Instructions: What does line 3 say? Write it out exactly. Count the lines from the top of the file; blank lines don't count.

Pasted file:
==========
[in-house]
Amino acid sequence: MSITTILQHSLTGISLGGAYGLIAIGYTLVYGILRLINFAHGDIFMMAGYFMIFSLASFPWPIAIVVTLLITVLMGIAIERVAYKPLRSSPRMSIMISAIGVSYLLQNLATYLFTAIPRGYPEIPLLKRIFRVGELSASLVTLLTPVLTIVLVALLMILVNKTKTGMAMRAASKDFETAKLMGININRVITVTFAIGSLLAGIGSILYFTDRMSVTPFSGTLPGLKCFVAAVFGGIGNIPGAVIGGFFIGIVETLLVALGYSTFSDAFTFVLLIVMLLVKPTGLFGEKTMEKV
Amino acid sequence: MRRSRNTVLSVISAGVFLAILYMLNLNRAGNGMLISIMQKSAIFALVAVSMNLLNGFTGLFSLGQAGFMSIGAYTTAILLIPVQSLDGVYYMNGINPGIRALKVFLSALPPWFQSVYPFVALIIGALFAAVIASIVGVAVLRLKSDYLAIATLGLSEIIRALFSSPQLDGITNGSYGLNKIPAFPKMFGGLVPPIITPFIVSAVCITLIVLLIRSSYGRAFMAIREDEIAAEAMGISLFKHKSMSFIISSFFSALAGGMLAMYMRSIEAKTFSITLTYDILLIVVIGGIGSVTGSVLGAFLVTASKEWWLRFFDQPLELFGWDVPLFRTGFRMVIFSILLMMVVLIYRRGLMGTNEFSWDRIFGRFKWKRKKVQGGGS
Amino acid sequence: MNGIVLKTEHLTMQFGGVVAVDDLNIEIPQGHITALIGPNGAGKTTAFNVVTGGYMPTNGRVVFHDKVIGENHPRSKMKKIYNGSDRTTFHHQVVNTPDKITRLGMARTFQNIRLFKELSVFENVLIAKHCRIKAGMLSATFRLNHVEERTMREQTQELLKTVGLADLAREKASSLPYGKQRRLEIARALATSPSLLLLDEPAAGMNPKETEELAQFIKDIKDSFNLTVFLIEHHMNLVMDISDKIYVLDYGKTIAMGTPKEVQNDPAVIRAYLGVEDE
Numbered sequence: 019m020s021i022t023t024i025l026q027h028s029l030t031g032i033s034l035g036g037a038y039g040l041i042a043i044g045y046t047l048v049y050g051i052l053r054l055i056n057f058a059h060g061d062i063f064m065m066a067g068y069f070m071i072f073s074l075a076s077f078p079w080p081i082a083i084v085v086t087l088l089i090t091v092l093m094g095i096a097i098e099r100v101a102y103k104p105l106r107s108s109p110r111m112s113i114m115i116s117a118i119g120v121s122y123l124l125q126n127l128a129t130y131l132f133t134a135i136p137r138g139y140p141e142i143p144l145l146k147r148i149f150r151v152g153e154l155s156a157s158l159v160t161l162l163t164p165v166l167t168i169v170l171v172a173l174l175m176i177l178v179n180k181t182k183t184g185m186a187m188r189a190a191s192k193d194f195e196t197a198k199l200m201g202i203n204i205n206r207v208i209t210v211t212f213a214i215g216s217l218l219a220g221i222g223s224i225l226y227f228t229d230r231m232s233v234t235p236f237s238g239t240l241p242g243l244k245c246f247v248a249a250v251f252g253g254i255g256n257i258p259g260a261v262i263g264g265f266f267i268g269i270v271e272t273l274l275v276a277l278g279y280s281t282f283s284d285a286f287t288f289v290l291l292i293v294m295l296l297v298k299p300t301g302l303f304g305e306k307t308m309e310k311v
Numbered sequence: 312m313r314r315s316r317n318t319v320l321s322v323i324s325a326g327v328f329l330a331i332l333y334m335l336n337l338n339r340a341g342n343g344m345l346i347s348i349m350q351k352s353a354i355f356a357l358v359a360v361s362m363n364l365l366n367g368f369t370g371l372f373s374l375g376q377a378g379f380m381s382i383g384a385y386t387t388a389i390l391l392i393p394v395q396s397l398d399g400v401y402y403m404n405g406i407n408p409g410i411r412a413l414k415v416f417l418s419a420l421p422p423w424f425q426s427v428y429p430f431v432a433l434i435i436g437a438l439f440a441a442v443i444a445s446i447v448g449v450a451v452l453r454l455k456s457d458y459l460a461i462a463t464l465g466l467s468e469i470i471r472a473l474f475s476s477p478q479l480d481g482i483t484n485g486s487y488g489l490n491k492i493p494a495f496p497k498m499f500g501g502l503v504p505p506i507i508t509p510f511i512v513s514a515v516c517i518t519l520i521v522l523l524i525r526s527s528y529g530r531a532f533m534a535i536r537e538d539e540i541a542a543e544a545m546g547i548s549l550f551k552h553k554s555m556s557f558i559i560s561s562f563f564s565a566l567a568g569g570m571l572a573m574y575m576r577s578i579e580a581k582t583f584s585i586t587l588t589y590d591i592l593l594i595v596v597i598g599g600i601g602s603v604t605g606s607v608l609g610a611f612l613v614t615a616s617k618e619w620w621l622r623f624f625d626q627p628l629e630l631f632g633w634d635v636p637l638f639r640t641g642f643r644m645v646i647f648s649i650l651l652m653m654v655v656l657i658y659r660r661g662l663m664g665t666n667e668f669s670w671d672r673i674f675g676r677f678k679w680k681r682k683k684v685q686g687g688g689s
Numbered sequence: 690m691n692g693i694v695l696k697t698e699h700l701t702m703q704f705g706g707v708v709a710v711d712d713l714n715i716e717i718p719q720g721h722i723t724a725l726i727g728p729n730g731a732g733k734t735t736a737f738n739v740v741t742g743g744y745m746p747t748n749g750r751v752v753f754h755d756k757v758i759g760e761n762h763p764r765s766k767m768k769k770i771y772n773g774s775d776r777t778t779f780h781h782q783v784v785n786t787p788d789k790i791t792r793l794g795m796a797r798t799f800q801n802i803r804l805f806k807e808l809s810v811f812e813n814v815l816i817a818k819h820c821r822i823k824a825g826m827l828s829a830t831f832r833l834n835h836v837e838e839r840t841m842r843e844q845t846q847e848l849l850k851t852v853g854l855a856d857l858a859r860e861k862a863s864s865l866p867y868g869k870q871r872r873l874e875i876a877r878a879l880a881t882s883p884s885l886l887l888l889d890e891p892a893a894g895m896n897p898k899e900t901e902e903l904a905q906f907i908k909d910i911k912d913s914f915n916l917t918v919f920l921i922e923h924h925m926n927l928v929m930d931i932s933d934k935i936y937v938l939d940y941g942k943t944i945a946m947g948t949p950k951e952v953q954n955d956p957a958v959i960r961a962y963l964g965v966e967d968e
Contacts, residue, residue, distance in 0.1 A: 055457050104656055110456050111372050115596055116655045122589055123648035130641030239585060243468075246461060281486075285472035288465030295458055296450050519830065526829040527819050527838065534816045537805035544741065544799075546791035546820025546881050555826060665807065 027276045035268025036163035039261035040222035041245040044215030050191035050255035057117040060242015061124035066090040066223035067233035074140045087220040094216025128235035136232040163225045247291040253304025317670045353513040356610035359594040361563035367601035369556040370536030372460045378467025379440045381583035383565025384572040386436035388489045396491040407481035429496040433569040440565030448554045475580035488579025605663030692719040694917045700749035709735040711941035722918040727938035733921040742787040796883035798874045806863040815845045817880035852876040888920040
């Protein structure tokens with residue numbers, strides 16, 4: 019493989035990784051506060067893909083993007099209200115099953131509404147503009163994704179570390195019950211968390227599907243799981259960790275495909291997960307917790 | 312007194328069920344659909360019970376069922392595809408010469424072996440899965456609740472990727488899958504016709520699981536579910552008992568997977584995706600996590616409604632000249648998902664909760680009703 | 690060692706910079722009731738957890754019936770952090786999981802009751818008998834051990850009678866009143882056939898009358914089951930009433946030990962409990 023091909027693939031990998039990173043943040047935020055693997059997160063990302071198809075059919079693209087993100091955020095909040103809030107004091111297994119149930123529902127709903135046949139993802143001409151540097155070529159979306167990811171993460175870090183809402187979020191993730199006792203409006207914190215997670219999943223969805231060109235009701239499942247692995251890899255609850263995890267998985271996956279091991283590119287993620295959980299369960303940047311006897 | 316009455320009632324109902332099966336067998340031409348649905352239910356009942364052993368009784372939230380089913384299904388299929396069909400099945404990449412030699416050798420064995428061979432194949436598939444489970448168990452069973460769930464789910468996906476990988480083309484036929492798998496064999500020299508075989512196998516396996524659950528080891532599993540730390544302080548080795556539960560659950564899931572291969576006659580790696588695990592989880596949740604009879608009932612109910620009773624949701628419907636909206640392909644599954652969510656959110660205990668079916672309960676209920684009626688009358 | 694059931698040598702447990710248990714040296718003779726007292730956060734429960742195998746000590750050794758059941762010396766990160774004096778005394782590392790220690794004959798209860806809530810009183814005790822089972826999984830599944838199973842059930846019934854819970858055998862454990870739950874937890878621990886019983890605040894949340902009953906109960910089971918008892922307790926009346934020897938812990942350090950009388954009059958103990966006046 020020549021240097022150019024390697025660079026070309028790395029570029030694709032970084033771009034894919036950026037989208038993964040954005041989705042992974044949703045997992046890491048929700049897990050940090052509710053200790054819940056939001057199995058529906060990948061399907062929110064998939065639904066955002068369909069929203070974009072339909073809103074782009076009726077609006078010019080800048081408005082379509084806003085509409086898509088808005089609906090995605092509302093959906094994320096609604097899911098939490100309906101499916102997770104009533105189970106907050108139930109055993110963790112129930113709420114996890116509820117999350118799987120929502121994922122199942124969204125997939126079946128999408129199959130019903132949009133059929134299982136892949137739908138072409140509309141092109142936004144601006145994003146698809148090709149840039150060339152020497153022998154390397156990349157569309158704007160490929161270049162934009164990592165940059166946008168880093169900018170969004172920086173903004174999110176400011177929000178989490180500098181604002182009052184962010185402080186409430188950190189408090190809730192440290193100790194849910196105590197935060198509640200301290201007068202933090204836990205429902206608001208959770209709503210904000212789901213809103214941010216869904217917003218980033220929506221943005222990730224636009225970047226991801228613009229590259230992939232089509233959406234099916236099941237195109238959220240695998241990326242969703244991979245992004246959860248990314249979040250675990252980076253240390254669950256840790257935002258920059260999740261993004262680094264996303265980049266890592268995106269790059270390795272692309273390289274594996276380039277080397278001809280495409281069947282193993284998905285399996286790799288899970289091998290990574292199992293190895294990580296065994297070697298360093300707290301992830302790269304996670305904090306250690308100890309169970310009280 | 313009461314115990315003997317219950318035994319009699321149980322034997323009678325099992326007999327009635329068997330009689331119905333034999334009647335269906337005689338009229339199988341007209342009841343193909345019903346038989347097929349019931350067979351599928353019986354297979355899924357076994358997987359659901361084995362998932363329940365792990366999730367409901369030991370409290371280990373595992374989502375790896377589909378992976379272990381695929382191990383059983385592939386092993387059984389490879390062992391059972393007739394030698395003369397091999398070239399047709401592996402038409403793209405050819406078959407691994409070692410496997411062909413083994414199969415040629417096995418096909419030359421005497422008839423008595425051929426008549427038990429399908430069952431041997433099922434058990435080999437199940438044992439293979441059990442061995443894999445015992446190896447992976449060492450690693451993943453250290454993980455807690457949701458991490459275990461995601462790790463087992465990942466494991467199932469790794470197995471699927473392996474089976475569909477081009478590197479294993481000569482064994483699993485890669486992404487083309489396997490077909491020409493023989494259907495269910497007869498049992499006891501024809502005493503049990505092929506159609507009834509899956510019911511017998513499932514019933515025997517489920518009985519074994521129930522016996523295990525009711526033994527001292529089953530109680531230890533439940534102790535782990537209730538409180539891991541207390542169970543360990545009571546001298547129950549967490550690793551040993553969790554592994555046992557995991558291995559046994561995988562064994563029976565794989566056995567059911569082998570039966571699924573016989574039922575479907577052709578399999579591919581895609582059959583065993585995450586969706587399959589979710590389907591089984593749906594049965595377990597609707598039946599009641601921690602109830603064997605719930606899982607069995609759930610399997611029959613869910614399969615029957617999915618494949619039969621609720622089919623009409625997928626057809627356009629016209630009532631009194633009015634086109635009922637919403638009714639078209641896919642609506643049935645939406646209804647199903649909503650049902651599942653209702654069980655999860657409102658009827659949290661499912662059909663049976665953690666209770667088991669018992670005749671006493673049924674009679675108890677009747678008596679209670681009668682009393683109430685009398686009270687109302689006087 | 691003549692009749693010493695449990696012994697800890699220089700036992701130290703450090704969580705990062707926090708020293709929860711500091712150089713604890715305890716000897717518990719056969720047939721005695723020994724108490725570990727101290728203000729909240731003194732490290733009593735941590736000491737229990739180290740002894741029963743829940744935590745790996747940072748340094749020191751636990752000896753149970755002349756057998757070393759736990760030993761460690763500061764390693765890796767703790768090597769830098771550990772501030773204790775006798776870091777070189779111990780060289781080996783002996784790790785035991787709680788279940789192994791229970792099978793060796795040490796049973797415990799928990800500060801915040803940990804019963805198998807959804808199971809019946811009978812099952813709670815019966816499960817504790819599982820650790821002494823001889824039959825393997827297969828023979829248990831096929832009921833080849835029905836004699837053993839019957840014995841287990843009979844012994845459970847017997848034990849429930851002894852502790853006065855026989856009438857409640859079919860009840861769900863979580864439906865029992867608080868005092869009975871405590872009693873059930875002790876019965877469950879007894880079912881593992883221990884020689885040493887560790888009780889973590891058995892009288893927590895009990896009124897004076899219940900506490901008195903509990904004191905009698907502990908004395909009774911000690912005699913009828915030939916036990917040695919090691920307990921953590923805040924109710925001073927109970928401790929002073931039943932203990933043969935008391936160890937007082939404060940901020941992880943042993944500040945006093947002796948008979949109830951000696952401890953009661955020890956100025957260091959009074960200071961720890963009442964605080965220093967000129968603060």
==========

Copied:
Amino acid sequence: MRRSRNTVLSVISAGVFLAILYMLNLNRAGNGMLISIMQKSAIFALVAVSMNLLNGFTGLFSLGQAGFMSIGAYTTAILLIPVQSLDGVYYMNGINPGIRALKVFLSALPPWFQSVYPFVALIIGALFAAVIASIVGVAVLRLKSDYLAIATLGLSEIIRALFSSPQLDGITNGSYGLNKIPAFPKMFGGLVPPIITPFIVSAVCITLIVLLIRSSYGRAFMAIREDEIAAEAMGISLFKHKSMSFIISSFFSALAGGMLAMYMRSIEAKTFSITLTYDILLIVVIGGIGSVTGSVLGAFLVTASKEWWLRFFDQPLELFGWDVPLFRTGFRMVIFSILLMMVVLIYRRGLMGTNEFSWDRIFGRFKWKRKKVQGGGS